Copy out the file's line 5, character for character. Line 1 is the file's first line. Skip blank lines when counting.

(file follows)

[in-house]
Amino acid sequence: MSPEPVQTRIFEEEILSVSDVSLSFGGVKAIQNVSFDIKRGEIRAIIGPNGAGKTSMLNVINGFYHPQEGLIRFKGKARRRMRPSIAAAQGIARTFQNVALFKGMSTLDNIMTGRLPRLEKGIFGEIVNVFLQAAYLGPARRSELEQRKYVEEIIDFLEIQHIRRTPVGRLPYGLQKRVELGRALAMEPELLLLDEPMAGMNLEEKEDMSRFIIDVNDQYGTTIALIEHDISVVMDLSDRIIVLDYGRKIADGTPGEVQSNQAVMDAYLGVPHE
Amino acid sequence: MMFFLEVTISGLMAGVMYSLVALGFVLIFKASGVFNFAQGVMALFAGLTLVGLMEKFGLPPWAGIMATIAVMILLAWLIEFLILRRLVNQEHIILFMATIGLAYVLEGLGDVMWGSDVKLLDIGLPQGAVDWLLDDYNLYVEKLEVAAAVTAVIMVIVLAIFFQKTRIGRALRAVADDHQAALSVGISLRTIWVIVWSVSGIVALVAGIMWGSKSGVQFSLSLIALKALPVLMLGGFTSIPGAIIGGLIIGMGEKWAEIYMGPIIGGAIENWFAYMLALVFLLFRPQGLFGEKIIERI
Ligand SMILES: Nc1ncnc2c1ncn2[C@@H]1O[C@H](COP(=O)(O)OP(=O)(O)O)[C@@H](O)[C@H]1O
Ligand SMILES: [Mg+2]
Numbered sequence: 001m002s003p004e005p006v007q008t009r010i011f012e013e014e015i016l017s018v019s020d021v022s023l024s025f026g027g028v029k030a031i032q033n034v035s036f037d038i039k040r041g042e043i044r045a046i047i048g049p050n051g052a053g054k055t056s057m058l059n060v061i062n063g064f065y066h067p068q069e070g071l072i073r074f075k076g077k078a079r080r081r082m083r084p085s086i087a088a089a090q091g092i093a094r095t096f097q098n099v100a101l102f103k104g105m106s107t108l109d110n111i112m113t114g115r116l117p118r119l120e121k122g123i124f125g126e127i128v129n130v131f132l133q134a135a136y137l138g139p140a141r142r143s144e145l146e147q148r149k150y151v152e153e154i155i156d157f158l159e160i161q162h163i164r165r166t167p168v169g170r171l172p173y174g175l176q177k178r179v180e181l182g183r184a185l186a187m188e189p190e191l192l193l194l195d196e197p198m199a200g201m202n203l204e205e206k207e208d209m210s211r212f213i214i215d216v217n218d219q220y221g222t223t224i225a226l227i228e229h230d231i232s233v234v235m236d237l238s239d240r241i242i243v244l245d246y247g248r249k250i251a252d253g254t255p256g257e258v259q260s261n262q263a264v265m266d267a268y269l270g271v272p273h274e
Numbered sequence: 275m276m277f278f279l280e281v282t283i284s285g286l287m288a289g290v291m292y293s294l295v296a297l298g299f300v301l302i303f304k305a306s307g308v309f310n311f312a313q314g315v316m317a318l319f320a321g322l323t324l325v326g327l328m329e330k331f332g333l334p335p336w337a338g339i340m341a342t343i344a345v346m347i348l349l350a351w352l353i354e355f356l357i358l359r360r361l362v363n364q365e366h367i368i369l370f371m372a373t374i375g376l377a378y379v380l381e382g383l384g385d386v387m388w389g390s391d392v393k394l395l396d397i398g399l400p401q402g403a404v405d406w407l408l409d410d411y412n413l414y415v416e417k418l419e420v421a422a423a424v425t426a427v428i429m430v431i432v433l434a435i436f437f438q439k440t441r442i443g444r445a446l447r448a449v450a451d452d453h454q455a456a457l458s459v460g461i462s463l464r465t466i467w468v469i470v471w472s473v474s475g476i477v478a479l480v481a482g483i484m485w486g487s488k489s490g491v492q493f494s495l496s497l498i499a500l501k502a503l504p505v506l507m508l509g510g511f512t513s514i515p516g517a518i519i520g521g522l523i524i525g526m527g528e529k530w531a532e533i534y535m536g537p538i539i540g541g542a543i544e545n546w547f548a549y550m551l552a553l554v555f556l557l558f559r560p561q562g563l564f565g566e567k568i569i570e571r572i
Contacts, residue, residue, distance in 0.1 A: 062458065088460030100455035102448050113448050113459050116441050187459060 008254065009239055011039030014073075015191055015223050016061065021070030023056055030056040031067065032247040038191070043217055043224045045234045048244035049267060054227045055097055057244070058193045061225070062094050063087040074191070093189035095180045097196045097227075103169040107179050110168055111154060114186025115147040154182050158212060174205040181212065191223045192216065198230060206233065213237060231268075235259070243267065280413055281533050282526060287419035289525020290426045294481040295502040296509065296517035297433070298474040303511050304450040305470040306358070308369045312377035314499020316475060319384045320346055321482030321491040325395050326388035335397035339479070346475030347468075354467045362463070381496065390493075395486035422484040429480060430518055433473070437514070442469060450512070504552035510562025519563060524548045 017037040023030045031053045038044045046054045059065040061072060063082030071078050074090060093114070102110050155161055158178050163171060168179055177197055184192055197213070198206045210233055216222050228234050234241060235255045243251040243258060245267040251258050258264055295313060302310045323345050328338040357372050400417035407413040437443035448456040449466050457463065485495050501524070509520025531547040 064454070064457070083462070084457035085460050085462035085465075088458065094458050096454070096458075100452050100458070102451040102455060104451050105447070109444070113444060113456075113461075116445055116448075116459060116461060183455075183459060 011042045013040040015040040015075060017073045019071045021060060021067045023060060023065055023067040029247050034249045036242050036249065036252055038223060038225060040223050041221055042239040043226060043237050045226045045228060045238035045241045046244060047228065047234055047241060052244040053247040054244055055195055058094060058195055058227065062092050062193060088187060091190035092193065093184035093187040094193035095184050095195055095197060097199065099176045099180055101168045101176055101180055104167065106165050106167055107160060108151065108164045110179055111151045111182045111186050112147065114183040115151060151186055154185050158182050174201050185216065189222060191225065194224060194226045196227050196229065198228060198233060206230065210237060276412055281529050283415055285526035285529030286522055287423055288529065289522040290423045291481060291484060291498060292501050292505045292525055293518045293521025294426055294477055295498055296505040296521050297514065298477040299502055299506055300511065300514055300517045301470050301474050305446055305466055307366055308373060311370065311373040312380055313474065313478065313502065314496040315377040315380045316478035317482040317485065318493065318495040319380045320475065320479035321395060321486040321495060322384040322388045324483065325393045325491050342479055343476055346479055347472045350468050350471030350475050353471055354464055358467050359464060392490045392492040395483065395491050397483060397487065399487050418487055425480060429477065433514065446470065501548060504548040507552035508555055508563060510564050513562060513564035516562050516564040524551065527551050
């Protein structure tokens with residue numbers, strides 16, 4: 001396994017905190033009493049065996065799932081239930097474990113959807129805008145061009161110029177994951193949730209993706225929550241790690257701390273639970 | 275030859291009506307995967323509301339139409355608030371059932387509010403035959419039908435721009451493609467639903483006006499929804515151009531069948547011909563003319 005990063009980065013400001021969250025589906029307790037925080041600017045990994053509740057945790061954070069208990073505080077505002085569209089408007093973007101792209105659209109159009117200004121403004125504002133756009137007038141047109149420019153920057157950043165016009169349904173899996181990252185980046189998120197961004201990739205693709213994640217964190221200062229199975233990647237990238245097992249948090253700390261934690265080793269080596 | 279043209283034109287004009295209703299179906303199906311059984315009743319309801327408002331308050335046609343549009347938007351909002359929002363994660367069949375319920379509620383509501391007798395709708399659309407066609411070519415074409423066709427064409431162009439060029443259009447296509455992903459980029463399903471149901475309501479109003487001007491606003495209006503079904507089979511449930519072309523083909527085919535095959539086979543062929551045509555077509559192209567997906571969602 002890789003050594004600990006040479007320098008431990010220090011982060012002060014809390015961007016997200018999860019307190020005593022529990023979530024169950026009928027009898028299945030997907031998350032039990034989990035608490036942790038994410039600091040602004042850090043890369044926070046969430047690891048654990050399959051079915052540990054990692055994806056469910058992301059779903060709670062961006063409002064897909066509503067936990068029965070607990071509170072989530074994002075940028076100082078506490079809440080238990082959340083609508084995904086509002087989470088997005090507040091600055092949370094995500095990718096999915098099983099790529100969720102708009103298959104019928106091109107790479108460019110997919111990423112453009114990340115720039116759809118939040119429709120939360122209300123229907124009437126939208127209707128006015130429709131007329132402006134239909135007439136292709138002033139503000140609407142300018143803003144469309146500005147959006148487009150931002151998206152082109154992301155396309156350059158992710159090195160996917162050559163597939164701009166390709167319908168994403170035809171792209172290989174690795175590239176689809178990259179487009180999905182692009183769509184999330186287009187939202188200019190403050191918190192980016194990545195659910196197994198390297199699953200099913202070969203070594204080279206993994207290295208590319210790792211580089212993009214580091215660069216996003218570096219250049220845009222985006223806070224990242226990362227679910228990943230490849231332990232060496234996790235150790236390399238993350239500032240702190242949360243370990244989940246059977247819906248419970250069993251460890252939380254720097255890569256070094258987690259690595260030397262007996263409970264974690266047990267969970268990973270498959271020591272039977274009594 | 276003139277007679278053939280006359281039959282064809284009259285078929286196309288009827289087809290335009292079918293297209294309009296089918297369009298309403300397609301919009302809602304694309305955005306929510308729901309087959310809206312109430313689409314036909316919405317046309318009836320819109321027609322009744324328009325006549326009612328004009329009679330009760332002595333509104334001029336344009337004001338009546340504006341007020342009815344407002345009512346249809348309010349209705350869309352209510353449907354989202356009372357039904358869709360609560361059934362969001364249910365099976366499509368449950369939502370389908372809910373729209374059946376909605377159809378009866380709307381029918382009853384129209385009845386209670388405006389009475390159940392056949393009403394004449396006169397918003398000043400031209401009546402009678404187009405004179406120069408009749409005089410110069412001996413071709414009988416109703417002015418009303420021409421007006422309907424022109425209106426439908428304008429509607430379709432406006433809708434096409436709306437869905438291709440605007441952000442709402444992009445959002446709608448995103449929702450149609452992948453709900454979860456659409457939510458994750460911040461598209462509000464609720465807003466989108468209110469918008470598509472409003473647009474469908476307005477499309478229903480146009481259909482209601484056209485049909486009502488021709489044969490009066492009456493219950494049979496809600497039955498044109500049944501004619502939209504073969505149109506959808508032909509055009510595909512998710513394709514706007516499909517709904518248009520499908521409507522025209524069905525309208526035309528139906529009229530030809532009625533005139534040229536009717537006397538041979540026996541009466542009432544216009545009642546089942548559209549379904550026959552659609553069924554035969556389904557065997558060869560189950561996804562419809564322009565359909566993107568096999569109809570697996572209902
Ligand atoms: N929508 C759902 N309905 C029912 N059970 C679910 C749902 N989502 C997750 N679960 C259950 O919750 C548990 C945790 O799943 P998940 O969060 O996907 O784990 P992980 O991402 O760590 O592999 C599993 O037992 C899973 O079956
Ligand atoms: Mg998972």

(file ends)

Ligand SMILES: [Mg+2]